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Against the Infinite Stimulus of Greed

Martin Bucer's Reformation of Welfare

Brad Littlejohn
Brad Littlejohn
Bradford Littlejohn is a senior fellow of the Edmund Burke Foundation and president of the Davenant Institute. He is the author of The Peril and Promise of Christian Liberty (Eerdmans, 2017) and numerous other writings in the areas of Christian ethics, political theology, and Reformation history. He lives in Leesburg, Virginia, with his wife, Rachel, and four children.

I. Introduction

In the clarion call of the Reformation, Luther writes, “man does not live for himself alone in this mortal body, in order to work on its account, but also for all men on earth; nay, he lives only for others and not for himself.”  Because one of the primary dimensions of earthly existence is economic—buying, selling, owning, giving, and taxpaying—Protestants keen to understand and apply this legacy of the Reformation must understand the Reformers’ economic thought.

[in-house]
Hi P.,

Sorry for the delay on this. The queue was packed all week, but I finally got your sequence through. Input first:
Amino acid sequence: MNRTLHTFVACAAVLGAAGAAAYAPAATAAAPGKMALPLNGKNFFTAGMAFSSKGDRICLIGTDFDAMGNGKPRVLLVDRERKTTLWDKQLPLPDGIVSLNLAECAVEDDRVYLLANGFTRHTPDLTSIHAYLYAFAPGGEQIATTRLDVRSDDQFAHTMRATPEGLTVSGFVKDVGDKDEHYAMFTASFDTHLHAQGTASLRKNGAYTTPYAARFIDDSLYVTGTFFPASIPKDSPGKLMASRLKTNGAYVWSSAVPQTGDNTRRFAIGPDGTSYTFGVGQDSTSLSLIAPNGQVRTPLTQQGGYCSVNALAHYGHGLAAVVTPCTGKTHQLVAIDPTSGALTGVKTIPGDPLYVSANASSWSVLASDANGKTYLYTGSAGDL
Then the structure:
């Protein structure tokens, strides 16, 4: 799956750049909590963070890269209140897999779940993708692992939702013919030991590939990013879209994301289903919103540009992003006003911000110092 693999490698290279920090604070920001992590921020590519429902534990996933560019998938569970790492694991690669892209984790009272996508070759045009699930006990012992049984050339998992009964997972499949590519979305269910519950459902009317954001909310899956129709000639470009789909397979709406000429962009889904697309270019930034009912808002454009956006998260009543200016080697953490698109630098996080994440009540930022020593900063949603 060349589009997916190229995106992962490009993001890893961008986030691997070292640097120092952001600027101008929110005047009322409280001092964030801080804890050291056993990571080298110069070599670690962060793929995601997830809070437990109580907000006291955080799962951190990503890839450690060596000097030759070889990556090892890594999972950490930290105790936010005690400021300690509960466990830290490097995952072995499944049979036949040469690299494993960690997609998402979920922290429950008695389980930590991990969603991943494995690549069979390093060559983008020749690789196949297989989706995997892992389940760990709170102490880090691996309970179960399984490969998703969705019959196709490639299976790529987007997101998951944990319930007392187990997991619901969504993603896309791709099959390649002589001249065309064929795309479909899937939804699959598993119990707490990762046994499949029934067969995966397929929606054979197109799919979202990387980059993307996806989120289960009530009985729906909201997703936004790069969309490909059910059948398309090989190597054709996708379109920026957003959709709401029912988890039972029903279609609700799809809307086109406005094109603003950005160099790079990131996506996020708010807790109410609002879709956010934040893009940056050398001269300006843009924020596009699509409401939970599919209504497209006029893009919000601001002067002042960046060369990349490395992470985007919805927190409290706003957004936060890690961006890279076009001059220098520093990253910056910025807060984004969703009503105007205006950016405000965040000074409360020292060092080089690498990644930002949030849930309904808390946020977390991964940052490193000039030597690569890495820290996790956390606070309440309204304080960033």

Unfortunately, seen through the laissez-faire eyes of modern conservatism, this thought is often seriously misrepresented. True, against the backdrop of the medieval spiritualization of begging and mendicancy, the Reformers did stress the importance of hard work and the need to distinguish between the deserving and undeserving poor. But they did not call for the privatization of charity—in fact, since mendicant beggars exploited private charity most effectively, they often sought quite the opposite. Many Reformers called for bold institutional action involving both church and state to care for the poor, lift them out of poverty, and even, in some cases, to regulate the economic activities that were driving increasing numbers into poverty.

One of the boldest voices belonged to Martin Bucer, who called for the English crown to enact robust policies regulating economic activity and providing strong, institutional poor relief mechanisms; the crown should, he argued, aim to ensure the survival, welfare, and flourishing of every member of society without giving quarter to voluntary idleness.

Continue reading at The Davenant Institute.